Embrace sustainable agriculture practices to supplement inadequate rains-Farmers advised

March 2, 2024
Embrace sustainable agriculture practices to supplement inadequate rains-Farmers advised

The (GMet) has issued advice for farmers to adopt sustainable agricultural practices to mitigate the impact of inadequate rainfall expected during the cropping season. Mrs Francisca Martey, Deputy Director of Research and Applied Meteorology at GMet emphasized the importance of practices like mulching to conserve soil water and planting drought-tolerant crop varieties to ensure crop survival during dry spells.

Mrs Martey, speaking at the Regional Climate Outlook forum, highlighted the significance of GMet's forecast in guiding farmers to sow at the appropriate times. The forum, part of the 2024 Edition, aimed to provide crucial agro-hydro-climate information to enhance and mitigate disaster risks.

In addition to sustainable agriculture practices, Mrs Martey advised farmers to diversify income-generating activities such as beekeeping and soap-making to offset potential production deficits caused by dry spells.

The forecast predicts an early cessation of rainfall across the southern half of Ghana, with longer dry spells toward the end of the season. Flash floods may occur during the peak of the season, particularly in low-lying areas and built-up places along waterways.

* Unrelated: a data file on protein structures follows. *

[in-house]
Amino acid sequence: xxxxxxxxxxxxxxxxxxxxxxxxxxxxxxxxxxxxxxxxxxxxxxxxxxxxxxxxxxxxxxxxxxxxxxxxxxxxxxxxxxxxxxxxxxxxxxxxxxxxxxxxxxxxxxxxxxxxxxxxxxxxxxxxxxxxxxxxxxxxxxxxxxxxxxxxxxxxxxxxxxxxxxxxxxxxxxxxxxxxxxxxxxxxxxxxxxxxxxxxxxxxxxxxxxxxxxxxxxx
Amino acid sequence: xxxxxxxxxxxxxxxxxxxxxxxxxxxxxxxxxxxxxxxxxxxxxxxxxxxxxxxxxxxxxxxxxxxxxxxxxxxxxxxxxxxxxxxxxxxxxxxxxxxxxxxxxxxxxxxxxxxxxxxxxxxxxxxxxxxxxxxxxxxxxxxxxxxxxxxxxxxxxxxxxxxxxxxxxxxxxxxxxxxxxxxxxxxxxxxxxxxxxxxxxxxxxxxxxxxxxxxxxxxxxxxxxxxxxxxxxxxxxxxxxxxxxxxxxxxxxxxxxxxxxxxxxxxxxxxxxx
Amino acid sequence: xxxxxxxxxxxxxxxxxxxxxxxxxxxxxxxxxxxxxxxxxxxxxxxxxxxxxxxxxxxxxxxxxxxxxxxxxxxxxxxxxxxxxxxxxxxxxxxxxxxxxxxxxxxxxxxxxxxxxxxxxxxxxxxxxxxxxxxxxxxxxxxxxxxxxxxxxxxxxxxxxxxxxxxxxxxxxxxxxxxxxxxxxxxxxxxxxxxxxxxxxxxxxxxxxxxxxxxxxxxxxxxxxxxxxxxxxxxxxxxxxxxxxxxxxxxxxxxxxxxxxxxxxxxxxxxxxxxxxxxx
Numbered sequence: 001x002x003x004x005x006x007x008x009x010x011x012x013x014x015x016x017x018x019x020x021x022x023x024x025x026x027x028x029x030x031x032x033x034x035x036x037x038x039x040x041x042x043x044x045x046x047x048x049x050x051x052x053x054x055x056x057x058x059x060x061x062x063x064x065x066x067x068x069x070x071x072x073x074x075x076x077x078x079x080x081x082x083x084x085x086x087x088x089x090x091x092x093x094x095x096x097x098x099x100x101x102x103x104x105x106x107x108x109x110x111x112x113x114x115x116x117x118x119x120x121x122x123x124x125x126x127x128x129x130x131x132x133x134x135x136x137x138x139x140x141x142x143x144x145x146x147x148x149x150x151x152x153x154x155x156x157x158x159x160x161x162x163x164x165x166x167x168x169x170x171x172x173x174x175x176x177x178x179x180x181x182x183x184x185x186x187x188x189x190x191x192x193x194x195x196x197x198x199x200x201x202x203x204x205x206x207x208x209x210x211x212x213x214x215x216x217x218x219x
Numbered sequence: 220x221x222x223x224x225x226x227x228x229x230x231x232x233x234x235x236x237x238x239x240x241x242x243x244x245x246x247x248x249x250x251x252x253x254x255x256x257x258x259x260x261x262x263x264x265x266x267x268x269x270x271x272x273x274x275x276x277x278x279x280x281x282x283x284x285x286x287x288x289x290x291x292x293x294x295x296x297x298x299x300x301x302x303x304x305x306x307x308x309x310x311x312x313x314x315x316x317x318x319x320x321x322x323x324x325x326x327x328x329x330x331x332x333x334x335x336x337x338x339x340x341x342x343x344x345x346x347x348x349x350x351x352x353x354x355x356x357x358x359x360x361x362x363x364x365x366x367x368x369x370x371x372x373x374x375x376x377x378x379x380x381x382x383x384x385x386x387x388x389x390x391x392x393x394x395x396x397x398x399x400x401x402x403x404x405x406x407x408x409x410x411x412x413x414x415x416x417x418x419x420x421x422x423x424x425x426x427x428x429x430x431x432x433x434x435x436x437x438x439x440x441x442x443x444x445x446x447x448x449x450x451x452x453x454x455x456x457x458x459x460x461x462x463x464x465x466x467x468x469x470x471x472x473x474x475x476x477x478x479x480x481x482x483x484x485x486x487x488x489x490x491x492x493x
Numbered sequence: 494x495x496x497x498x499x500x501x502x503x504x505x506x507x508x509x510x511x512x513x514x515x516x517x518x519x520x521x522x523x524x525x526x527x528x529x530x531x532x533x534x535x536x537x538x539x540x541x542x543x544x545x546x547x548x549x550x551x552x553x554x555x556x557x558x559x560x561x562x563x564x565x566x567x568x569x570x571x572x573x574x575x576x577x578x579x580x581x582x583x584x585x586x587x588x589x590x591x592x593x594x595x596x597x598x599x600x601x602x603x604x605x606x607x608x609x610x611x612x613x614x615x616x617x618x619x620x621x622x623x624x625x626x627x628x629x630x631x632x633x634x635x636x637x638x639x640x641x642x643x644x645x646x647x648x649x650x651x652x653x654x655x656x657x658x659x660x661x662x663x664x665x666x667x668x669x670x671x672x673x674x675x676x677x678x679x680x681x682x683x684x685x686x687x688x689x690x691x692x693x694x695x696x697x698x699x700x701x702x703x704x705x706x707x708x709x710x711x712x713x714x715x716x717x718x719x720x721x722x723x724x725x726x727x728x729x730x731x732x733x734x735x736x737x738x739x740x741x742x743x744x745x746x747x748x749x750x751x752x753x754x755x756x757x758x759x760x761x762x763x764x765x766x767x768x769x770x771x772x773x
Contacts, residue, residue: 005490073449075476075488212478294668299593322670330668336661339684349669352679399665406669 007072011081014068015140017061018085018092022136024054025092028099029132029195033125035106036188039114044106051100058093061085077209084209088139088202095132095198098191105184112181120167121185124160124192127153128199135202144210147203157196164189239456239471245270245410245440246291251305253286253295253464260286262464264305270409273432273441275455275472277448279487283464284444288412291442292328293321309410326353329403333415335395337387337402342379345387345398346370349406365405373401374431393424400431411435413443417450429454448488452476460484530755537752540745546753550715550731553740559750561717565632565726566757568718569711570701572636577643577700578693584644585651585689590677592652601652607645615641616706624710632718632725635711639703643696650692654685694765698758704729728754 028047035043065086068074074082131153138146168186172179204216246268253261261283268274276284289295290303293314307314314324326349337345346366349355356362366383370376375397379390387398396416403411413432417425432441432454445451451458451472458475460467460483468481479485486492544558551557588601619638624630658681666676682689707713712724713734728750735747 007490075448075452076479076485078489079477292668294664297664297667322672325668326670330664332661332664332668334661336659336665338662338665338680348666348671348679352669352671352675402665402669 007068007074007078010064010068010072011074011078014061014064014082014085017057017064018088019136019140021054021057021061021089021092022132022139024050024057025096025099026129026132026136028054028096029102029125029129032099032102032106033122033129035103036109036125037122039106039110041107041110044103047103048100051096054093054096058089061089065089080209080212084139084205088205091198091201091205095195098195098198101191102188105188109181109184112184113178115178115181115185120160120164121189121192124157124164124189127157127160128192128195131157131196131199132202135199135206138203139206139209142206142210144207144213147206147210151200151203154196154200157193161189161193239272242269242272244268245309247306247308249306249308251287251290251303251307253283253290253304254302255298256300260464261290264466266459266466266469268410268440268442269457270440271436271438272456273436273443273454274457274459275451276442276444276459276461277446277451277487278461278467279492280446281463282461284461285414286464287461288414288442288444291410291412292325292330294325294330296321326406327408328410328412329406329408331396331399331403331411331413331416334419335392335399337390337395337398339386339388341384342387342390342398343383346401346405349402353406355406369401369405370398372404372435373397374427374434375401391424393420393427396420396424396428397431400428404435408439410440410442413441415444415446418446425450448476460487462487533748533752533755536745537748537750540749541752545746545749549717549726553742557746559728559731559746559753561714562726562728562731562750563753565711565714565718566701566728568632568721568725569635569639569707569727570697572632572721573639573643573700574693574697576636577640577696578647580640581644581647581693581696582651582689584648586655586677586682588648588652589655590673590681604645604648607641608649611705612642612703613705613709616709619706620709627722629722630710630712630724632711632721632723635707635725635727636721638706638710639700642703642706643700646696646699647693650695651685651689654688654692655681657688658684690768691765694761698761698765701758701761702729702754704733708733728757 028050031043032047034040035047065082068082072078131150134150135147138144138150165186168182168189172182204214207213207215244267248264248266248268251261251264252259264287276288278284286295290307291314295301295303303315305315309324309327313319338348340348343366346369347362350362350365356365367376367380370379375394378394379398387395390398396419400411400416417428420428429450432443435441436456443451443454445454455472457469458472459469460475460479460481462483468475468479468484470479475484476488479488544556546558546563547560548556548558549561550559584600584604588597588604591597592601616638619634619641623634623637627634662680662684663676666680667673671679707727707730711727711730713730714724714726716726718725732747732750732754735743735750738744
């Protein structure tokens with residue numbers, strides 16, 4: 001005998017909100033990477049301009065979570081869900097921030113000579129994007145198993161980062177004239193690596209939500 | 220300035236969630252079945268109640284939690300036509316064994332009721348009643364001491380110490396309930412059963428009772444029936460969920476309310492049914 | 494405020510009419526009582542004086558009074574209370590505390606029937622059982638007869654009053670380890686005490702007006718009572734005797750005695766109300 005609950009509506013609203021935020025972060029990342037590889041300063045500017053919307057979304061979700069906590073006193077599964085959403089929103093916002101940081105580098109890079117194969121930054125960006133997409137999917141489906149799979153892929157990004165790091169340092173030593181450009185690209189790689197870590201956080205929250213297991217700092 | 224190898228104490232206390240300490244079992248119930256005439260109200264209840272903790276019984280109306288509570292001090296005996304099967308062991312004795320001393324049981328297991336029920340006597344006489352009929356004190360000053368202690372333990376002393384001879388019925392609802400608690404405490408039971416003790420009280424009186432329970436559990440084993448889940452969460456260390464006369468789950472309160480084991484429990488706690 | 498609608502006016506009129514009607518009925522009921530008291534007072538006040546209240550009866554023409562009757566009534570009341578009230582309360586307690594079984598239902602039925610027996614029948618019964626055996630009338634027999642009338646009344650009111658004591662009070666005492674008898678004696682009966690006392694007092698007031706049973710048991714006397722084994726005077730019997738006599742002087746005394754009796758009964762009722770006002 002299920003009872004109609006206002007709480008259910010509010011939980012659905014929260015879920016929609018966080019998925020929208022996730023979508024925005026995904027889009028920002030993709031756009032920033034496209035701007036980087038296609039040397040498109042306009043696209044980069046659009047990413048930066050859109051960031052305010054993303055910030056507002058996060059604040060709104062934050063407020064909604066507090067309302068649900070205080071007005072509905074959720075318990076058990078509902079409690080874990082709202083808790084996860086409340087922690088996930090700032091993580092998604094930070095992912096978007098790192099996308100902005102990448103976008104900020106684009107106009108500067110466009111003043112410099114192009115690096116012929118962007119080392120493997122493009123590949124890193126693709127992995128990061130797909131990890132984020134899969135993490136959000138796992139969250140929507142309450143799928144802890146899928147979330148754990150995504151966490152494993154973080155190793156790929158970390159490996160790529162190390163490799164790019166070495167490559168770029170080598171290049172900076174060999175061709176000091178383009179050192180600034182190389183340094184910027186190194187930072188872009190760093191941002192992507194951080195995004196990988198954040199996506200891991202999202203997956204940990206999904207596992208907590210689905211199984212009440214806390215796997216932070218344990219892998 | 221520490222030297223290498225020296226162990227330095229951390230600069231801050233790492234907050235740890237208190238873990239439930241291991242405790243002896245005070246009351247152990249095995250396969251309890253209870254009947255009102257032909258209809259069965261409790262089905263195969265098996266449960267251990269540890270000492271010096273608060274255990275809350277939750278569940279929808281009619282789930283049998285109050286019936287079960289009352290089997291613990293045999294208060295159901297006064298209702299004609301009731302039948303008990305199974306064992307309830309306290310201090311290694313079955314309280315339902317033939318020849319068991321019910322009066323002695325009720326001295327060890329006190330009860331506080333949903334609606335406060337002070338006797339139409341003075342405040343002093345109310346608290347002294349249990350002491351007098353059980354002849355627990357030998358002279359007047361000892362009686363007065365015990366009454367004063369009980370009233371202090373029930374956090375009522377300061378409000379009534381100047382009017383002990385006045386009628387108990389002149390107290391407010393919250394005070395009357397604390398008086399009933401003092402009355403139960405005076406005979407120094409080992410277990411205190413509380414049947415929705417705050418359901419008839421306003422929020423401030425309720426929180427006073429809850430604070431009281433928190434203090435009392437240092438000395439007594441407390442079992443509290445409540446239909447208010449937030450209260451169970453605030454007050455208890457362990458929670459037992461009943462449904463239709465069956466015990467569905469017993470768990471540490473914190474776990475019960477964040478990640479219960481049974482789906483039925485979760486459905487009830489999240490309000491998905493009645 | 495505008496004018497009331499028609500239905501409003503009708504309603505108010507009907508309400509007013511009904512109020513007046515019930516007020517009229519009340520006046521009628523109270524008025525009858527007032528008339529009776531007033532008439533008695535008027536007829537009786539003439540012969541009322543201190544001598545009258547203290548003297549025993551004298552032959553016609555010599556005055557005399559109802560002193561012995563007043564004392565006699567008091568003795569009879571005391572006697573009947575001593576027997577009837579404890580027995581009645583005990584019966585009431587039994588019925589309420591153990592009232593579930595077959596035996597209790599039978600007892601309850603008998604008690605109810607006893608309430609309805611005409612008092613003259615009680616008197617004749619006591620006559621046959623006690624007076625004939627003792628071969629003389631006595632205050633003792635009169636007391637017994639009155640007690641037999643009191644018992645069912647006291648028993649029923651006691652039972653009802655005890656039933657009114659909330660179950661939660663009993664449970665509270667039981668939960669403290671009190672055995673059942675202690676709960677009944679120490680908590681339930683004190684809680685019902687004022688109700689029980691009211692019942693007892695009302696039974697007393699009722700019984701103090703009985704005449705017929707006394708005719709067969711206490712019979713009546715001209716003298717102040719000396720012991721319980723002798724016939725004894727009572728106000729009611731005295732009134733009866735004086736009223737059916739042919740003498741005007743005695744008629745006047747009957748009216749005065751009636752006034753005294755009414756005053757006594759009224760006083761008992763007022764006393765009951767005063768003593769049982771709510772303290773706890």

To mitigate flood risks, Mrs Martey urged local authorities and emergency preparedness agencies to raise awareness and ensure proper drainage maintenance before the onset of rains.

Eric Asuman, Director-General of GMet, announced plans to issue daily, weekly, and seasonal forecasts, including nowcasts, with support from global partners. This initiative aims to engage stakeholders, especially decision-makers, in incorporating climate information into their planning processes to enhance disaster preparedness and socioeconomic development.

Mrs Ursula Owusu-Ekuful, Minister for Communications and Digitalization, emphasized the urgent need for action against climate change, which not only impacts national economies but also the livelihoods of vulnerable communities.

Regarding the subregional forecast, experts predict below-average to average rainfall in coastal areas of Côte d'Ivoire, southwestern Ghana, and southeastern for the March-April-May and April-May-June periods. Conversely, rainfall is expected to be average to above average in southern and central Guinea, northern Liberia, southeastern Ghana, southern parts of Togo, Benin, and .

The forecast also anticipates late to normal starting dates for rainfall in southern Gulf of Guinea countries and early to average ending dates in the bimodal zone of eastern Côte d'Ivoire, Ghana, Togo, Benin, and western Nigeria.

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